Effects of a Self-Assembling Peptide on Second Degree Burn Progression and Healing in a Porcine Model
Authors: Alexander Higa, Joel Gil, Michael Solis, Colin Simms and Stephen C. Davis (Dr. Phillip Frost Department of Dermatology and Cutaneous Surgery, University of Miami Miller School of Medicine, Miami, FL)
Presented at SAWC Fall Virtual 2020
Conclusion: Overall, SAPH1 treated wounds showed a reduction in thermal damage, as well an increase in the re-epithelialization rate. Interestingly, a lower total bacterial count was also seen with SAPH treatment. These preliminary results suggest that SAPH may have healing benefits when treating second degree burn wounds, however additional studies are needed to substantiate these findings.
1 AC5 Advanced Wound System in the USA; AC5 Topical Hemostat in the EU. Download Poster
Effects of a Self-Assembling Peptide on Full-Thickness Wound Healing in a Porcine Model
Joel Gil, Michael Solis, Alexander Higa, Colin Simms, Jie Li and Stephen Davis (Dr. Phillip Frost Department of Dermatology & Cutaneous Surgery, University of Miami Miller School of Medicine, Miami, FL)
Presented at SAWC Fall Virtual 2020
Conclusion: SAPH2 exhibited an increase in epithelialization and granulation tissue formation on day 8 as compared to all other treatment groups. SAPH was the only treatment application reaching full re-epithelialization by day 11. Wounds treated with Skin Substitute had lower granulation tissue formation on day 6 as compared to the other treatment groups. SAPH appears to be a promising easy to apply treatment for enhancing wound healing; additional studies are needed to validate these findings.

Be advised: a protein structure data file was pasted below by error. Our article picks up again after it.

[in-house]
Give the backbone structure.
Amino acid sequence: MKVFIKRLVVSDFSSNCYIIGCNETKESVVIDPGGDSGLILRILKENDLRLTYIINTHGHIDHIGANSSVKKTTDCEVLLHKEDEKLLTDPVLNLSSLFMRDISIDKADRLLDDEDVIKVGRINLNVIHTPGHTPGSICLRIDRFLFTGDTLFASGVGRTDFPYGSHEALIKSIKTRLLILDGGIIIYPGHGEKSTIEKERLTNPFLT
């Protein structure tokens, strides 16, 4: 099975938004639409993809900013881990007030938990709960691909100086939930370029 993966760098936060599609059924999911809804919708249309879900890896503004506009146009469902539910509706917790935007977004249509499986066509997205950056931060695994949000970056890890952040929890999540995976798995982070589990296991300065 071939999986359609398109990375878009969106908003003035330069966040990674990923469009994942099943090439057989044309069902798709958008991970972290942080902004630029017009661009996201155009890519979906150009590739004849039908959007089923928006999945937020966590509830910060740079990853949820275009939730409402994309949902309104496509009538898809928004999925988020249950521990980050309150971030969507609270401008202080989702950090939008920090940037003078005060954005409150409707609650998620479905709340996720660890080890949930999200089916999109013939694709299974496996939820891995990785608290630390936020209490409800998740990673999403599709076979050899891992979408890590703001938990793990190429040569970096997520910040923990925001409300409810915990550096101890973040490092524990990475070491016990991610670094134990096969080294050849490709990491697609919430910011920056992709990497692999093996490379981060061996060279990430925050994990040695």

2 AC5 Advanced Wound System in the USA; AC5 Topical Hemostat in the EU. Download Poster
Arch Therapeutics’ AC5 Self-Assembling Peptide Mechanism of Action
Arch’s initial products to market will be in the AC5® family. AC5® is a self-assembling peptide (SAP) comprising naturally-occurring amino acids. The technology has shown promise in various barrier applications for hemostatic effect, control of substance movement, and prevention of adhesions, as well as in nerve and other tissue regeneration, where the nanoscale scaffold-like structure of the barrier provides a microenvironment that allows normal wound healing
When applied onto a wound, AC5® rapidly intercalates into the nooks and crannies of the tissue as it builds itself into a physical, mechanical wound-filling structure.
SAP (A) contacts wound’s ionic charge (B) and assembles into a nanofiber network (C) that gels while it fills the wound (D) * = areas of intercalation) into connective tissue forming mechanical-physical barrier to fluids, bacteria, etc.,
Arch Therapeutics' proprietary AC5 self-assembling peptide technology has been demonstrated to provide hemostasis and act as a sealant while enabling normal healing in preclinical animal studies in a range of tissues, such as liver, skin, muscle, brain, eye, spine, spleen, arteries, veins, stomach and bowel).
Assessment of Arch’s AC5 Self-Assembling Peptide Technology in a Rodent Liver Hemostasis Biosurgical Model
Assessment of Arch’s AC5 Self-Assembling Peptide Technology versus Competing Products in a Rodent Liver Hemostasis and Adhesion Biosurgical Model
Hemostatic Effect in Ocular Application
Sclera of a rat eye (A) is punctured with a syringe at the limbal artery (B) and bleeds profusely (C). The eye is then treated with SAP (D). Bleeding stopped in 8 seconds and remained stopped for the duration of the observation (15 minutes). Pressure applied to the cornea did not dislodge the material from the sclera (F). Hemostasis was maintained even with repeated manipulation of the eye. Ellis-Behnke R, Liang Y-X, You SW, et al. PNAS 2006;1033:5054–9. Data on file, Arch Therapeutics.